Healthy Living: How Kat banished the fear that needled her

Kat Buck
Kat Buck
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For almost 27 years Kat Buck avoided needles at all costs. Visits to the doctors and routine medical checks sparked intense anxiety, and as time went by, the phobia deepened into an irrational fear of harmless objects such as toothbrushes.

Kat, from Deepcar, Sheffield, became afraid of syringes following a traumatic incident aged three - but after undergoing just one session of hypnotherapy and a process called Emotional Freedom Techniques, or EFT, with practitioner Susan Sigger, she was finally able to relax and have a blood test.

“I was amazed by how quickly the hypnotherapy worked,” said Kat, aged 30.

“I now carry a hypodermic syringe in my bag to remind me that it’s nothing to be afraid of.”

Kat said her fear - known as trypanophobia - took root after a mishap during a routine pre-school vaccination.

“My mum took me to our local doctors, and in those days, the doctor would do all of the injections rather than the nurse.

“On this occasion, she was extremely rough with me and not at all patient. The needle broke and left me with a swollen leg, hysterical and unable to walk. When it was time for my boosters, it was the same doctor - I screamed the surgery down and hid under a chair, refusing to let her near me.

“I have a huge scar on my thigh from the incident! The fear from that initial episode was reinforced when I was nine and had to have a blood test to confirm a case of glandular fever - this time the needle got stuck in my vein.”

Kat said the fear became worse as she got older.

“My fear had somehow expanded in my head. If anybody spoke about needles or any kind of medical testing, I would need to leave the room - it felt like someone was sitting on my chest and eventually, I’d pass out.

“I started to avoid the doctors altogether. I also started to get irrational fear of other things such as toothbrushes - not when I used them myself, but if someone was cleaning their teeth on TV, or even showing their teeth, my stomach would turn over.”

She decided she needed to face up to her fear after spending months ignoring an aching kidney and falling ill last Christmas.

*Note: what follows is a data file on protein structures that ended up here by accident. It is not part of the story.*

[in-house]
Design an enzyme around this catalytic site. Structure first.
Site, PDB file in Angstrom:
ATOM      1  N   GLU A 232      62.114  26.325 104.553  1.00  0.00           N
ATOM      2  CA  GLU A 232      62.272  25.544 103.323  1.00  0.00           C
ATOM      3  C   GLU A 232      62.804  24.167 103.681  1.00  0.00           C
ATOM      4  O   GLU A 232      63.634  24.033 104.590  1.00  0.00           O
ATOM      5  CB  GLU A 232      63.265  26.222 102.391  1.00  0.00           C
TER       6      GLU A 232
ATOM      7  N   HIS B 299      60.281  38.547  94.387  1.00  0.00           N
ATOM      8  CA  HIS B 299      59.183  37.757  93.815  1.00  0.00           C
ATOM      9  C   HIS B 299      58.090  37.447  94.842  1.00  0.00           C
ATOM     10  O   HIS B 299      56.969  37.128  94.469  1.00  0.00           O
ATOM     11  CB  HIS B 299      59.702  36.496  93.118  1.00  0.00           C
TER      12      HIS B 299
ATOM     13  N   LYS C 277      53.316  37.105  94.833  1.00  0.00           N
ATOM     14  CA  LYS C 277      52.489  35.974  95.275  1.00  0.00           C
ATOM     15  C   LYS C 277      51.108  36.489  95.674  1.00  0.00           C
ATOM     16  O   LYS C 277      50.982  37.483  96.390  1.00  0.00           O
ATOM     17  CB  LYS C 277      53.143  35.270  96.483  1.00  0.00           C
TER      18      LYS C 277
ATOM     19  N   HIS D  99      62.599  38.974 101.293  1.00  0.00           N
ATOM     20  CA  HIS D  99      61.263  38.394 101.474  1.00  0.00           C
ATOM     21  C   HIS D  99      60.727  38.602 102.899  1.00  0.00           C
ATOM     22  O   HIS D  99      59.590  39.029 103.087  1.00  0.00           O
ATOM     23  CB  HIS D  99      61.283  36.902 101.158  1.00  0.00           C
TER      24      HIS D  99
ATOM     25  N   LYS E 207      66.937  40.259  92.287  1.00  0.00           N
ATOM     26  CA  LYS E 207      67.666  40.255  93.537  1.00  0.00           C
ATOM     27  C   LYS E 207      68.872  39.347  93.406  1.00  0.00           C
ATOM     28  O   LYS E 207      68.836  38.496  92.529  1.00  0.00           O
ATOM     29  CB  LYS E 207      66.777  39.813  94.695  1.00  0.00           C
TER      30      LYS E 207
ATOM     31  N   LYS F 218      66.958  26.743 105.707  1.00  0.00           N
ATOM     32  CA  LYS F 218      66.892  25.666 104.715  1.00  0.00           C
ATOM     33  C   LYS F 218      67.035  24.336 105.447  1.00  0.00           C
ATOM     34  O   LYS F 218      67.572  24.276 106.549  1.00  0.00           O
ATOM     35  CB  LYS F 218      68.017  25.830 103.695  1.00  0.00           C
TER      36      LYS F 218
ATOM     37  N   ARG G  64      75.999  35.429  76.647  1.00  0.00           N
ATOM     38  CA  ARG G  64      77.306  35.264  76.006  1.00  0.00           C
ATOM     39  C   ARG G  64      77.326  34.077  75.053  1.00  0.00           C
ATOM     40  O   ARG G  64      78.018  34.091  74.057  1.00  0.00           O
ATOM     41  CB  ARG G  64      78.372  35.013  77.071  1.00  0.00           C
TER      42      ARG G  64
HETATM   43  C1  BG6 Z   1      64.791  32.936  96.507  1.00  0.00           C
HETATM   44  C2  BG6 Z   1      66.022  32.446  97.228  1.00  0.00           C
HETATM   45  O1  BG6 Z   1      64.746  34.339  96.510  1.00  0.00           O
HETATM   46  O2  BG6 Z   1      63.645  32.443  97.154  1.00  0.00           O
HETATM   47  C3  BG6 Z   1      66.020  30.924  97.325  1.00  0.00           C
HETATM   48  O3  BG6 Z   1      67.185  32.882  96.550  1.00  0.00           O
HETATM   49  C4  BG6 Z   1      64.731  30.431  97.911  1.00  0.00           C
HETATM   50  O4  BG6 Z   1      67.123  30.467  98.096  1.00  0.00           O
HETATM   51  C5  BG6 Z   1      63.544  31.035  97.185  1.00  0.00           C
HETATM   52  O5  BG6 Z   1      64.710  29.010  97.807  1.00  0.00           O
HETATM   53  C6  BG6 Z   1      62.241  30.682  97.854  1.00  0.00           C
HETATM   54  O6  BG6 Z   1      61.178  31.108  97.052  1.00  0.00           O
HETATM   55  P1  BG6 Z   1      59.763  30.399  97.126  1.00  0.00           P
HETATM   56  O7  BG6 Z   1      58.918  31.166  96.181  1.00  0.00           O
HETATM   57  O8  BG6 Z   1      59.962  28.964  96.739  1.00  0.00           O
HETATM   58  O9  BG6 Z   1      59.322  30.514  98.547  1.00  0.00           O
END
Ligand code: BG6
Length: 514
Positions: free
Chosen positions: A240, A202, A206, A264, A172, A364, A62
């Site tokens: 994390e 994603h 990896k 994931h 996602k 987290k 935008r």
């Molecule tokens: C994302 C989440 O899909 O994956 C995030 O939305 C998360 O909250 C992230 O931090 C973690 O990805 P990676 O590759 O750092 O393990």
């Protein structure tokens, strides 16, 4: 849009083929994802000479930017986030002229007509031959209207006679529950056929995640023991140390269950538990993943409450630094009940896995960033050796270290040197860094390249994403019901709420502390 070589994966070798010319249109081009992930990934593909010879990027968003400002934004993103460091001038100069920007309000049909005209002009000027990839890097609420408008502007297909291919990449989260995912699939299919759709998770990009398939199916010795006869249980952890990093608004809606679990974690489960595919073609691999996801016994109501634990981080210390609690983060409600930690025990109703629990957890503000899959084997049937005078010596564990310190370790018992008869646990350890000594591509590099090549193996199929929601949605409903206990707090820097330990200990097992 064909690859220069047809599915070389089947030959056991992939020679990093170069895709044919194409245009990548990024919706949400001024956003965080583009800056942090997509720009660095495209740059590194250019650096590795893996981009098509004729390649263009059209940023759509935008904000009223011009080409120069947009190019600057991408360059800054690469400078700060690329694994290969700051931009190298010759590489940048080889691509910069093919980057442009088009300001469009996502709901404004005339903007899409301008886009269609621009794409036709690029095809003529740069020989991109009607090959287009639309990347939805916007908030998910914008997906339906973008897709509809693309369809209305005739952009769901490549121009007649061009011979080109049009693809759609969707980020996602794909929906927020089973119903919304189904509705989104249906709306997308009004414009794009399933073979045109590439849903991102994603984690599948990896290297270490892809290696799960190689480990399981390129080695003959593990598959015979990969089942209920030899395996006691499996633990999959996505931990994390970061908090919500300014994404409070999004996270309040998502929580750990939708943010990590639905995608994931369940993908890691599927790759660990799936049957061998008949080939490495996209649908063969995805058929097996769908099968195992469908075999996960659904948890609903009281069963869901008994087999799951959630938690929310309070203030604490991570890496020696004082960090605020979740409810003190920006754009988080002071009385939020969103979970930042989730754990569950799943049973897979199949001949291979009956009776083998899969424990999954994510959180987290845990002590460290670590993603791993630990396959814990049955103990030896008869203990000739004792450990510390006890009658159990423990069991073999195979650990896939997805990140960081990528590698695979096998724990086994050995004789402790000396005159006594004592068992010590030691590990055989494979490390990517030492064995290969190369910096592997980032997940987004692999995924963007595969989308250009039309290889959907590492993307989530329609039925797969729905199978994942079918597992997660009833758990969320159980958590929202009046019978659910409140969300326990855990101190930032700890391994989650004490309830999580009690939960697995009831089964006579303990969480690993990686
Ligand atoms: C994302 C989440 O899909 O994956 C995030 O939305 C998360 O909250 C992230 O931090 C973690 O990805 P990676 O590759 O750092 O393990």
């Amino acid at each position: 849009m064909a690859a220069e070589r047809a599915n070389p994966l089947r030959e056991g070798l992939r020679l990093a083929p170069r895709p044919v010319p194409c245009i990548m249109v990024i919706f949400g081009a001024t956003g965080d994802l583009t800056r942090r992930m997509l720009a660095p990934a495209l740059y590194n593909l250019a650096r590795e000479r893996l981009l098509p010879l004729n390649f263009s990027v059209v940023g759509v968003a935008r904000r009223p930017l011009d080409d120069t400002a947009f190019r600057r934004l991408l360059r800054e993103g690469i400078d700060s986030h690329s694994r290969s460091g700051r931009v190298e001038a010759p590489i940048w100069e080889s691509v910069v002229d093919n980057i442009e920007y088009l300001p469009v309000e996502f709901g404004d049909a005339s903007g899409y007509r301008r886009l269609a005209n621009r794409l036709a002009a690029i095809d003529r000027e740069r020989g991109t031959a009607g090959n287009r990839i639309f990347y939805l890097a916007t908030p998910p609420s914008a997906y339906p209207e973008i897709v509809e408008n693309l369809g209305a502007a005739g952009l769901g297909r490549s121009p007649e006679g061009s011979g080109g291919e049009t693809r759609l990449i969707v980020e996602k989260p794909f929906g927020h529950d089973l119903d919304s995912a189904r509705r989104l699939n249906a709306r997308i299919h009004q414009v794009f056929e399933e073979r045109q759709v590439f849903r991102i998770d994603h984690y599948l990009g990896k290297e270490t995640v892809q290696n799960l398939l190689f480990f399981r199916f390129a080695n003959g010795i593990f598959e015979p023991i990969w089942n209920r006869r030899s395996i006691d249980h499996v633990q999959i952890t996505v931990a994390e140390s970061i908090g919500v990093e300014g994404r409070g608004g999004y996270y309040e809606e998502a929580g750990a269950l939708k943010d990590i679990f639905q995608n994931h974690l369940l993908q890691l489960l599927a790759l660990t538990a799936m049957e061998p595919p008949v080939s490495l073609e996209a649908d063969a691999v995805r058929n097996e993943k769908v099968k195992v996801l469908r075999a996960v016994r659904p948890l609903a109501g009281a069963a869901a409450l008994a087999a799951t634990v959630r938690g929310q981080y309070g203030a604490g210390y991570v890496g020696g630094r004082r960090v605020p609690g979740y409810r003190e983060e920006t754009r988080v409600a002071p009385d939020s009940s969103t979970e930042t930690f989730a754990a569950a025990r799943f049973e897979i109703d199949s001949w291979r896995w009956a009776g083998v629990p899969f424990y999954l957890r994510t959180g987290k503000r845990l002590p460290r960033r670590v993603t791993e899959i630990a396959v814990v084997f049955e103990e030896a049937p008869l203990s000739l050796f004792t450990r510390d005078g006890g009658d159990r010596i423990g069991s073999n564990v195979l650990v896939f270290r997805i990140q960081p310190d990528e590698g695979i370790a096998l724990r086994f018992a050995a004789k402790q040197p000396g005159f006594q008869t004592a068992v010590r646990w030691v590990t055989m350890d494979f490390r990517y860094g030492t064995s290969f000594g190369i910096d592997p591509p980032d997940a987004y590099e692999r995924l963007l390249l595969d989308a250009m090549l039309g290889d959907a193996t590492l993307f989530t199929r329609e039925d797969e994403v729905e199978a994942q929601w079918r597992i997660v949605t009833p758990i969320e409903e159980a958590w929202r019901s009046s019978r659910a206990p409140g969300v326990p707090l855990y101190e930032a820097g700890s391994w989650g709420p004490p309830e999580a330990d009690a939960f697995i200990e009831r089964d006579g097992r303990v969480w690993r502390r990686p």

“I only agreed to go into hospital after several days of vomiting, being unable to walk with the pain, fever and hallucinations,” Kat said.

“My kidneys were not something I could mess around with. This phobia had to go.”

Susan, based in Penistone, gave her an hour of EFT and 30 minutes of hypnotherapy. Kat was encouraged to tap various parts of her body and repeat motivational chants, and a short while later was able to touch the point of a needle.

Susan said: “The ultimate test came when Kat had blood taken. We were able to sit quietly in a private room and do a little tapping and relaxation beforehand with no signs of her previous avoidance behaviour.

“She was able to relax during the procedure and felt no pain or anxiety.”

Doctors now believe Kat’s kidney problem is related to a rare genetic condition she has called Ehlers-Danloss Syndrome, which could be causing calcium to build up in her kidneys.

Kat, who is married to husband Paul, runs a communications firm and magazine called Sync City, but originally wanted to become a midwife, an ambition put paid to by her needle phobia.

“I do wish that I’d dealt with the phobia earlier, especially as Susan cured it so quickly. My main reason for not doing so was that I didn’t believe anything could be done,” she said, but added: “I’m actually really happy that things have turned out the way they have. I believe this is where I was meant to be, but I chose the long way round, picking up extra life experiences on the way.”

Susan’s tips to fight fear and stay calm in any situation

1. Breathe - “When you feel anxious, your breathing can become quick and shallow. Take some time to really slow your breathing down. Try counting in your mind as you breathe in and out slowly. Breathe down into your belly, making it expand as you breathe in.”

2. Visualise - “If you are able to, and it is safe to do so, close your eyes and imagine you are somewhere else, maybe a beautiful garden or on a beach. Choose somewhere you can feel safe and relaxed. Use all your senses to explore this wonderful place and immerse yourself in your thoughts.”

3. Meditate - “Learn how to meditate and practice the art regularly and you will find you can then use this tool easily to find inner peace.”

4. Laugh - “It may seem odd if you are feeling anxious, but having a good laugh is a fantastic way to reduce tension and release ‘happy chemicals’ into your blood - so go ahead and find something funny.”

5. Tap - “I practise Emotional Freedom Techniques - if you learn these you can ‘tap’ your troubles away. It has been called ‘acupuncture without needles’. The tapping moves the body’s energy and gets it flowing. It also allows information from the subconscious to be released into our awareness so we can deal with it, or just to be let go when it is no longer needed. It’s easy to learn.”

Visit Susan’s website - Life Change Therapy - for more information.